Amazon Studios & Bootstrapping Original Content

What does it mean when the major online retailer of books and movies is getting into the content production business? It’s more industry convergence that proves that “content is king”, even when it’s crowdsourced…

I think that Amazon is doing a kind of Zeroes2Heroes approach to getting original content, but on a bigger, Amazon scale: promises of “options”, coupled with free (but strings attached, I think) tools like their Storyteller storyboarding app and online network.

 

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Meeting Michael Slade and talking about eBooks

Earlier this week, I had an opportunity to sit down with Canadian author Jay Clarke (aka “Michael Slade”).

He’s a former lawyer and the author of over a dozen crime novels, in a genre sometimes referred to as “Mountie Noir”. (It’s a great label – almost as good, IMHO, as “Tartan Noir”, which refers to Scottish crime novelist Ian Rankin.)

Mr. Clarke is currently doing a Writer in Residence at Vancouver Community College, and during that time is making himself available for one-to-one’s with students and staff, as well as conducting some presentations or classes. Check out his personal “Special-X” website.

What did I learn from talking with Michael Slade?

Michael Slade appears highly energized, with a laser-like focus and a rapidity of speech akin to a machine-gun. In answering my questions, he flowed breathlessly from one story to the next, in effect raising me up out of my chair a little, buoyed on his waves of enthusiastic patter. The man has a lot to say, and says it with a quickness and precision that had me picturing him sweet-talking many a jury back in his day.

I had hoped to ask him some questions such as who his favourite writers were, what fiction had influenced him, etc. I had considered my questions around in my mind, but I never asked them. I never even got close to ’em. That’s because when I spoke, my mouth began telling him about how I hoped to find an Agent or a small publisher to help me repackage and market my first novel. I suppose this is what I was really frustrated by – a lack of success in selling my books.

What he told me was this: the eBook revolution is still a work in progress. The market will soon “tip over”, and eBook sales will eclipse print book sales entirely – not just at Amazon, but everywhere in the market. The tablet and eReader markets are making this happen, and the traditional publishing industry will be changed forever.

What does it boil down to?

My efforts as a novelist are split down the middle by an important boundary, One the one side (the side I love and am blindly devoted to), there lives me, the caring creator, trying to formulate and legitimize a mythical world of characters and events through the written word. On the other side, there’s this realm of unknown results and lack of predictability, where I stuff little messages into bottles and fling them out into the sea, hoping for one of my books to get purchased. On the first side of the boundary, the one where I’m synthesizing out of fragments, I’m in familiar territory. I know I can do it and have confidence that my skill will improve over time with lots of practice. On the other side, it feels like a no-man’s land, with me flailing around in the dark.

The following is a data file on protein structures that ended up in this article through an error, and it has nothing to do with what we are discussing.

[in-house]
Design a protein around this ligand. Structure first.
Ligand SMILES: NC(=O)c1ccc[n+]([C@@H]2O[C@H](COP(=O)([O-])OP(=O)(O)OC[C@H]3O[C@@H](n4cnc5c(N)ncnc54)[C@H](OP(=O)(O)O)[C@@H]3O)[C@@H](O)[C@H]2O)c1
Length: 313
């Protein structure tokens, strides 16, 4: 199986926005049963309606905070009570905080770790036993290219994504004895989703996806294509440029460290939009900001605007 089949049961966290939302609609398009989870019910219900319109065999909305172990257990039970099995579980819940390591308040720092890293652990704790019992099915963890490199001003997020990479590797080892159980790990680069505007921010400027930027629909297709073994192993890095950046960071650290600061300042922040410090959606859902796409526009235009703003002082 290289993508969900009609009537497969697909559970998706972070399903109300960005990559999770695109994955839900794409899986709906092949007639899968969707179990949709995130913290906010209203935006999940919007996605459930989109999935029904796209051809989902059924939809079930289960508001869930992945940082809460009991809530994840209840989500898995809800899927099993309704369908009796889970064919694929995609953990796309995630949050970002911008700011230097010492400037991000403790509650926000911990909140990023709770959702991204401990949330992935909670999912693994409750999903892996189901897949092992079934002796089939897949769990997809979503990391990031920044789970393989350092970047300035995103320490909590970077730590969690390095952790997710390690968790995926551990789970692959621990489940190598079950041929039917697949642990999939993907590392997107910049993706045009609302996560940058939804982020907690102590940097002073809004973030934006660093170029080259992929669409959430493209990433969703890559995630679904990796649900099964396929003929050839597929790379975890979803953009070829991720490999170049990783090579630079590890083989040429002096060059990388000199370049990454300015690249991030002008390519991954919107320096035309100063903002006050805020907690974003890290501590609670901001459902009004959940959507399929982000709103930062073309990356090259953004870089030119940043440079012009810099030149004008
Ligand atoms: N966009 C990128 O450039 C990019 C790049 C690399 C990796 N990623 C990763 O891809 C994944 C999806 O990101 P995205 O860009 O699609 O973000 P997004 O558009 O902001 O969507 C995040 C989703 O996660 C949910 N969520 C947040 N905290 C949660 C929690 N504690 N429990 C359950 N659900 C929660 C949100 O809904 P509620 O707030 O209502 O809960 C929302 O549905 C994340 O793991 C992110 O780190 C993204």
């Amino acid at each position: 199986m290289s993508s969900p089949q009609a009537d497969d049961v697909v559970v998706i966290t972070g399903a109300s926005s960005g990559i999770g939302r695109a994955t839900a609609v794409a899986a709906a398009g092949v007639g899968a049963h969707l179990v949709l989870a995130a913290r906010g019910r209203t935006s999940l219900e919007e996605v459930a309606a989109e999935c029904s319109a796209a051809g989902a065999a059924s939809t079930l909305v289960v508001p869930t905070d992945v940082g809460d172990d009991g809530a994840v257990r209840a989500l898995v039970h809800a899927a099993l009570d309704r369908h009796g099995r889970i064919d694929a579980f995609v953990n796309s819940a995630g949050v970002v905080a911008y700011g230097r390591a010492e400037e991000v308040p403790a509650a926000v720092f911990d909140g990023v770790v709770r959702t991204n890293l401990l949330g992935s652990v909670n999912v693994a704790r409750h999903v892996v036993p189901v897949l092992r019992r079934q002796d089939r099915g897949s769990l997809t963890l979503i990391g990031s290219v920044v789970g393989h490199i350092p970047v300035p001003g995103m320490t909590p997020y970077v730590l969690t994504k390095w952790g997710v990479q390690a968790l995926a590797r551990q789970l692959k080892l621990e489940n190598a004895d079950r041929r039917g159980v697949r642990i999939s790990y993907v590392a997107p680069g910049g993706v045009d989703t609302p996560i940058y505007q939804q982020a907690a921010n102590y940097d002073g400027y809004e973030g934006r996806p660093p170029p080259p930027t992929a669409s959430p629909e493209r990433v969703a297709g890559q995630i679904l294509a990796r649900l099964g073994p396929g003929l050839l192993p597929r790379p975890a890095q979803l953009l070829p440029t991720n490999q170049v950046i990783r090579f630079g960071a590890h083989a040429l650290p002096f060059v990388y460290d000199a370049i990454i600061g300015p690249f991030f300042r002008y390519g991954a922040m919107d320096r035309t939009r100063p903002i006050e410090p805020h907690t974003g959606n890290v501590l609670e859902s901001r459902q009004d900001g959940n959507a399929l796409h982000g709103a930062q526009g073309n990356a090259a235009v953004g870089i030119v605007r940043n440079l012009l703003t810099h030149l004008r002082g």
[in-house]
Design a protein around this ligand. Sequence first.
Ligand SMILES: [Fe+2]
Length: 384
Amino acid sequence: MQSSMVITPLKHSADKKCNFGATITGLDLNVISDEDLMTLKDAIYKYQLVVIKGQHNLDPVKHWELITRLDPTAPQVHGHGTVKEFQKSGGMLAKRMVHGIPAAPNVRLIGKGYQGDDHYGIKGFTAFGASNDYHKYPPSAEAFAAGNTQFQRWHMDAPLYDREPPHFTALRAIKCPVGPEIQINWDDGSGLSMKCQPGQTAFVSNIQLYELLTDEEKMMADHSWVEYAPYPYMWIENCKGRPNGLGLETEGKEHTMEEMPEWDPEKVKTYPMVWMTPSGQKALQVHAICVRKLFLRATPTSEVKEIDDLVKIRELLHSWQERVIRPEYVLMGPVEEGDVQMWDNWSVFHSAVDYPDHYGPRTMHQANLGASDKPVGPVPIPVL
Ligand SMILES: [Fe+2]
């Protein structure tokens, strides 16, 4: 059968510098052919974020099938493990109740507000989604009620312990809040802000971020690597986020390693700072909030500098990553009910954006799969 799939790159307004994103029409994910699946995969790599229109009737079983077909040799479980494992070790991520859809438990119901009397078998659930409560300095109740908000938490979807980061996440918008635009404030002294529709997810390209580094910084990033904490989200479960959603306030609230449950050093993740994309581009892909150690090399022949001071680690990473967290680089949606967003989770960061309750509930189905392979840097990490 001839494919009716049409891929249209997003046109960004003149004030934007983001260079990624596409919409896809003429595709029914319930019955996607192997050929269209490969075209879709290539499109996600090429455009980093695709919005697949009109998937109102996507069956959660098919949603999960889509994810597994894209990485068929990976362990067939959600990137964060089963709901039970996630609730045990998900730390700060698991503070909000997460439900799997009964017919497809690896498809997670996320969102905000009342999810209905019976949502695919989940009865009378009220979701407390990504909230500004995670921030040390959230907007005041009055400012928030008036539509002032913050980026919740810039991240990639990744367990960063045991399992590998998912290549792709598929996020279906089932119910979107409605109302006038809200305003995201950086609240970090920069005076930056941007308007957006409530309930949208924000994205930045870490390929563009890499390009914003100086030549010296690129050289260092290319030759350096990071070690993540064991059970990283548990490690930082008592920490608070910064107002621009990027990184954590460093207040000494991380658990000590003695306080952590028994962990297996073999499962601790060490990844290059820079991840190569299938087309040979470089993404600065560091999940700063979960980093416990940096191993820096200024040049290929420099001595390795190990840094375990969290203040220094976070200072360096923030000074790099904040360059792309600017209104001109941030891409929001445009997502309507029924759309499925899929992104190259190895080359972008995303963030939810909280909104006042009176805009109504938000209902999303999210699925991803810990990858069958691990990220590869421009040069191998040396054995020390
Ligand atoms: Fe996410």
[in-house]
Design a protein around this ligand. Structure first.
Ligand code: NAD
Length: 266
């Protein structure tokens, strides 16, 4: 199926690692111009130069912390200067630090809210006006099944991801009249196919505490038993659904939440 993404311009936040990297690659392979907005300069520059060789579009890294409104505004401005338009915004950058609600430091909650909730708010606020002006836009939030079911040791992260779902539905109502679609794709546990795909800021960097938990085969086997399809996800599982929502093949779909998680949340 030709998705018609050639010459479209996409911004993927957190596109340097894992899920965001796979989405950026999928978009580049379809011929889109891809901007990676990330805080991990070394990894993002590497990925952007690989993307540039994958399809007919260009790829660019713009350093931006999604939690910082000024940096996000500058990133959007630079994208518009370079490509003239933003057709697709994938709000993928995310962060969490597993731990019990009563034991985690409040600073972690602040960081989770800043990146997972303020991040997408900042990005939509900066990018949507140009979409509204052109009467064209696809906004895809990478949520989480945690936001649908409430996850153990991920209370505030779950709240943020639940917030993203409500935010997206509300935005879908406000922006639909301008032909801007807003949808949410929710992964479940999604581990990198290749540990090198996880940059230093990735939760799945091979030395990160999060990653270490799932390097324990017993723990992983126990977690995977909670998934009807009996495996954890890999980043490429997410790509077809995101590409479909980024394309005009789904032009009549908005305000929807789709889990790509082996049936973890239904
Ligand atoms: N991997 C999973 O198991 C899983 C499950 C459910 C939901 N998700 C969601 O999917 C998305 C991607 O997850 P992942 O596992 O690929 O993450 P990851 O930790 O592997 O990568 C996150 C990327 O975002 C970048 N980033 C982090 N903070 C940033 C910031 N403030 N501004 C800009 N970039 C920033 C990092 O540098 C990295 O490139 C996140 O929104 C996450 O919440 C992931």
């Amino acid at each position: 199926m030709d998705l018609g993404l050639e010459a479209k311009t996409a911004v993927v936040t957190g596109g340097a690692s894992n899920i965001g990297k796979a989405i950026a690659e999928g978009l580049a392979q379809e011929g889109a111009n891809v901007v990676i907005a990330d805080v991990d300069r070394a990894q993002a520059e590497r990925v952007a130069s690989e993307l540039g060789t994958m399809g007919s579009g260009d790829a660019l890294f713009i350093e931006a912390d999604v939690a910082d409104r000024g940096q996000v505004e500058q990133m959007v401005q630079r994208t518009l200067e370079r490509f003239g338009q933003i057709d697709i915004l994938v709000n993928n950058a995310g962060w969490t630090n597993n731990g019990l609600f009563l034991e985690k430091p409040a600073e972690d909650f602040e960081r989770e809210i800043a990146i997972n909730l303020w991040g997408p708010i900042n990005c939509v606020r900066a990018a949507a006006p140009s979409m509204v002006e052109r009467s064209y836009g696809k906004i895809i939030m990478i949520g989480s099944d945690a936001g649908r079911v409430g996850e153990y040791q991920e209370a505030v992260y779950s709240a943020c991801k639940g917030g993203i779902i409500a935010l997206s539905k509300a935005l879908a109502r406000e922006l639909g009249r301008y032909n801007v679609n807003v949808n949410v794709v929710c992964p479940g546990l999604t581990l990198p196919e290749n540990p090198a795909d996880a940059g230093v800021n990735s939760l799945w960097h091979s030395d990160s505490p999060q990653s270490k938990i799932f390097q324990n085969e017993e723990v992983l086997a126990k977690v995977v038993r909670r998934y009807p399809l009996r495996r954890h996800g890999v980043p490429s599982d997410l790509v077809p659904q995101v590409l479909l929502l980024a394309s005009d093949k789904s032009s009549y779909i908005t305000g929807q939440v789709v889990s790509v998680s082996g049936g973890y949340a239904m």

All the same, the aspect of both those things is the concept of me remaining in control of the work and the process. Above all, that is what appeals to me the most.

The books I’m trying to write (and Jay, if you read the copy I handed you of my little novel, Owe Nothing, then bless you sir), are vastly different in content, pace, and tone from anything by Michael Slade, whose last novel, Red Sun was described by one reviewer as “Ian Fleming-esque in its narrative drive”. I am still developing my voice.

But, we’re all working in the shadow of the same industry-changing technological tide that is putting more emphasis on writers becoming their own publishers, and paper turning into pixels.

The stigma attached to self-publishing (“vanity press”) is eroding as more readers and writers get involved online, and as the barriers to “getting published” continue to transform.

Jay Clarke also named quite a few famous authors who initially self-pubbed (Mark Twain?) or who had struggled for decades before their big book came (Elmore Leonard!). He mentioned that every author tends to compare himself to another whom he admires, whether newer or older. We’re all influenced or inspired by somebody else.

I believe what Michael Slade was telling me was essentially this: Don’t quit. Keep trying, and keep control of your work, because the sea change is coming…

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On Reviews: How NOT to Respond (or “Do this, and sink your writing career”)

When I read this exchange between an author and a reviewer on a public community blog, I was stunned, and a little fascinated:

http://booksandpals.blogspot.com/2011/03/greek-seaman-jacqueline-howett.html

The author refuses to acknowledge the points the reviewer (a volunteer) made, and soon became combative and even verbally abusive! It was a fascinating example of an emotional meltdown by a (fragile) author, and the resulting wave of community support for the attacked reviewer. Some commentators also worried that the tenor of the exchanges would reflect poorly on the perception of self-published authors in general, and reinforce a stigma against “indies” by the publishing industry.